They didn't. Sexual reproduction began without sexually distinct organs, and then such organs evolved in tandem over time. Many plants, for example, are hermaphroditic: each plant has both male and female sexual organs. But the first sexually reproducing organisms were a form of single-celled bacterium which thus had no organs at all. As sexually reproducing organisms evolved into multicellular forms and their cells began to specialize, some cells began specializing for male and female reproductive function, both evolving at the same time, by small gradual steps.
Evidence suggests gendered organs probably began as organs in the same individual (as in many plants), then the capacity evolved in some species for individuals to become gender diversified by their environment (as in many reptiles, some developing male organs, some female), and then finally these gender differences became locked into DNA as a chromosome mutation. All this occurred long before any mammal existed. Thus, the very first mammals were already genetically evolved to have fixed genders, and already had matched gendered organs in place, as those organs had evolved long before (from fish through reptiles). Human sex organs are just evolved versions of their mammalian ancestors' sex organs, which is why our genitalia are almost identical to those of apes and monkeys. And mammalian sex organs are just evolved versions of the sex organs of their ancestors, the reptiles, which is why mammals have genitalia most similar to reptiles (in contrast to birds, insects, or fish, for example).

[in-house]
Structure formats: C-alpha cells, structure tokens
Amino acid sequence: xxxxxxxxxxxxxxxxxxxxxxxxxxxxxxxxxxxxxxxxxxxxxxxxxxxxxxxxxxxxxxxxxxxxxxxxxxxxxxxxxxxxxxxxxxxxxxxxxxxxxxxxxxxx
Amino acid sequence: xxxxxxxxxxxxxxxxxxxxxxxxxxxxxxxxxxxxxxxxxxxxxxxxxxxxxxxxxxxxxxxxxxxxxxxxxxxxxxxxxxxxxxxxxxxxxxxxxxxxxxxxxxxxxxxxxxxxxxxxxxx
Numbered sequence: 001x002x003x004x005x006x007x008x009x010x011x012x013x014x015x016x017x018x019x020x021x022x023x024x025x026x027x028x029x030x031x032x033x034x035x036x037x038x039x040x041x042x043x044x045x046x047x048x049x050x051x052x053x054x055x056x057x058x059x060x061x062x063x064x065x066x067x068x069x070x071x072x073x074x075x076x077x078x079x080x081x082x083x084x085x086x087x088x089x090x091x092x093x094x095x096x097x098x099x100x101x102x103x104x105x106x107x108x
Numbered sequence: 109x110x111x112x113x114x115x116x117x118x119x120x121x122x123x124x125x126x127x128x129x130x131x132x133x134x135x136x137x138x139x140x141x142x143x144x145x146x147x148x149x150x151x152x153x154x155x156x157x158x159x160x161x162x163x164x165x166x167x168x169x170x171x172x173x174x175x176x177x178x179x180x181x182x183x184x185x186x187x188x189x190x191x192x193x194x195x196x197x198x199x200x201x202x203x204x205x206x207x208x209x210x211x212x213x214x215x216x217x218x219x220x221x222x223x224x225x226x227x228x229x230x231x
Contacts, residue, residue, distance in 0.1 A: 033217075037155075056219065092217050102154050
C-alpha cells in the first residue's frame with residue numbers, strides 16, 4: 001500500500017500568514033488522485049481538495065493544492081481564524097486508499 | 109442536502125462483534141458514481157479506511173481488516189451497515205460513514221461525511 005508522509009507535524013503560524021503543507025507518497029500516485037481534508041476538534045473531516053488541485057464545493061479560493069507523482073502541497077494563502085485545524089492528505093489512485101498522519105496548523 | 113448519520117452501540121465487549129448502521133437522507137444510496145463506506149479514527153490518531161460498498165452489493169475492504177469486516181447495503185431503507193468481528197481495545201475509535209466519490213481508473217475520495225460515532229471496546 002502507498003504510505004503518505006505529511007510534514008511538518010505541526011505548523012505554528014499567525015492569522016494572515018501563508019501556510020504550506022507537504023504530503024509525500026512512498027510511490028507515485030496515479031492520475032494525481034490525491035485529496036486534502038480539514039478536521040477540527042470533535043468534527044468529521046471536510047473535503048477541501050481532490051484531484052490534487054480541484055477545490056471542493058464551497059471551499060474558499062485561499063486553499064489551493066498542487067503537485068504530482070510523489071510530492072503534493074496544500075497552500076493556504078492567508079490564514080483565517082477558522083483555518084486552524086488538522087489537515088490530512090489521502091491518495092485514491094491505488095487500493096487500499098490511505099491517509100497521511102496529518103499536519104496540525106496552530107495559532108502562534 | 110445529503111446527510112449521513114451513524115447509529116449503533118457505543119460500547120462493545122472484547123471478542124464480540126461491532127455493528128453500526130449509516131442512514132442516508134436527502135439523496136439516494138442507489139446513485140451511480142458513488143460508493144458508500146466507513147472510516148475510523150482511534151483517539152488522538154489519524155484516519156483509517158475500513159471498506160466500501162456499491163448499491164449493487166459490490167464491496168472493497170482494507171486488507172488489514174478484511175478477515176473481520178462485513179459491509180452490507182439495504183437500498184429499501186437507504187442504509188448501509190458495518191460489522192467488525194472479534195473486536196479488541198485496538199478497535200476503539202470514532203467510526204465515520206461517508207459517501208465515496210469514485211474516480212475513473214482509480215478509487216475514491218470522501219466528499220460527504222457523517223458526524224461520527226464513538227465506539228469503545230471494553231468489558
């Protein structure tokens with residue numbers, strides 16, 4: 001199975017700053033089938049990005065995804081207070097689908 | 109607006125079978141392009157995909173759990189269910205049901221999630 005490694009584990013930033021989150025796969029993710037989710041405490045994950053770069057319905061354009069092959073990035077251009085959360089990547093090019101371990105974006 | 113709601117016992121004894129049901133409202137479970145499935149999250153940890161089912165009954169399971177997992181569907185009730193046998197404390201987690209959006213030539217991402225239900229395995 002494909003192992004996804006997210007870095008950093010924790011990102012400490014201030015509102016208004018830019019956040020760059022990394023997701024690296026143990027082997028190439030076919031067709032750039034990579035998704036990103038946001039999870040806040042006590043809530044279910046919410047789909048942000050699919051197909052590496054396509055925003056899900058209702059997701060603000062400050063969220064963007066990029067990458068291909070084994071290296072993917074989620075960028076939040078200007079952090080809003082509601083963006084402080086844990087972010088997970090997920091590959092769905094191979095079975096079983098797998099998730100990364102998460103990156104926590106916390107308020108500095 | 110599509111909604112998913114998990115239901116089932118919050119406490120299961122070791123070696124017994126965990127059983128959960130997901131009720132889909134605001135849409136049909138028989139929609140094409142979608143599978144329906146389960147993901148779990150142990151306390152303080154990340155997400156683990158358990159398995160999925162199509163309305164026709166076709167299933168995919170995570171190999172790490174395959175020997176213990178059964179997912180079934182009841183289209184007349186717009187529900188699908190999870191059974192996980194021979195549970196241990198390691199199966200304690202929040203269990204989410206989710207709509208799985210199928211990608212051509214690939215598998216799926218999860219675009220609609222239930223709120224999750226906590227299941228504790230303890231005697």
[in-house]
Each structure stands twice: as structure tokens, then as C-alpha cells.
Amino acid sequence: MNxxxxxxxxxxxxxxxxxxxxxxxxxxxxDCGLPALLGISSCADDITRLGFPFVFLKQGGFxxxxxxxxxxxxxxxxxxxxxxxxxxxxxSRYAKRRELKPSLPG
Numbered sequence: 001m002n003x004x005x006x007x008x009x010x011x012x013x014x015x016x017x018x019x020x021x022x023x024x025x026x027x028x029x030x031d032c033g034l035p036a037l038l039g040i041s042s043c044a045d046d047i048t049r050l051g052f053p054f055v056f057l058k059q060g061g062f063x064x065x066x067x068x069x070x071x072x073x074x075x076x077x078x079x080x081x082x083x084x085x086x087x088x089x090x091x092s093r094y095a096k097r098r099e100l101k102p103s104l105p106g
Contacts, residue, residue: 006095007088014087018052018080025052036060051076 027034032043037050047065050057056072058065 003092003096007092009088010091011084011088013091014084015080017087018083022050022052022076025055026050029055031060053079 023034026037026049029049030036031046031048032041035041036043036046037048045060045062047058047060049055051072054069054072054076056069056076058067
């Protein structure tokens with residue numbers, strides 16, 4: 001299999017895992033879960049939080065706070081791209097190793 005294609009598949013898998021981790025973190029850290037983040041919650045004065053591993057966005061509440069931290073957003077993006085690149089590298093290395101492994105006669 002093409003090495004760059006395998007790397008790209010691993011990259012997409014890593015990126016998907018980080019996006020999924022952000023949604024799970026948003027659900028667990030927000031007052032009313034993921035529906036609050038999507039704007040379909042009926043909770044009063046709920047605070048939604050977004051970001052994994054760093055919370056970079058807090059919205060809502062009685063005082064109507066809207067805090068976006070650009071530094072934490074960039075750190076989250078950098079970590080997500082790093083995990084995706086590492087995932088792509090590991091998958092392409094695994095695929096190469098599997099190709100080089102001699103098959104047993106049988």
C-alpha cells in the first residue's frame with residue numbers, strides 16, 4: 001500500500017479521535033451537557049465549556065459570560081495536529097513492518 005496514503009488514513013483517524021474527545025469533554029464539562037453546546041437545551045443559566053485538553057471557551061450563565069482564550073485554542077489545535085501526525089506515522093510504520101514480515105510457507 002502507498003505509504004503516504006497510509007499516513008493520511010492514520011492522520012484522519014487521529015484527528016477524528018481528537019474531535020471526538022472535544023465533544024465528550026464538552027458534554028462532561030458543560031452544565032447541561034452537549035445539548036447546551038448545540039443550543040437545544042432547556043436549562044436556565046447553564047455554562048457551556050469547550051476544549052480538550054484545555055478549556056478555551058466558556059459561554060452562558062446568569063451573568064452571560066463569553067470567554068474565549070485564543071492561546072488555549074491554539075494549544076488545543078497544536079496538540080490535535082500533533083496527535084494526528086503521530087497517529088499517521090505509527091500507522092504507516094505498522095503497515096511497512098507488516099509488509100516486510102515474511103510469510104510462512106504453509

It's worth adding that the implication of the question being asked is that sex organs have to "fit" each other, which is actually a late development in animal history. Fish, for example, never even come into contact. The male organs merely inseminate eggs that have already been laid by the female. This procedure gradually evolved into the system most commonly found in reptiles, where the male inseminates the eggs while still in the female, originally relying on only a very crude fit between genitals. But once this had begun, a better and better fit evolved. Then some of these reptiles evolved away the need for an actual egg and thus started giving live births, and from them mammals evolved, which is why we don't lay eggs. Hence the "fit" between human genitalia is a feature that has gradually evolved over eons, and had already been well developed even before mammals appeared (much less people).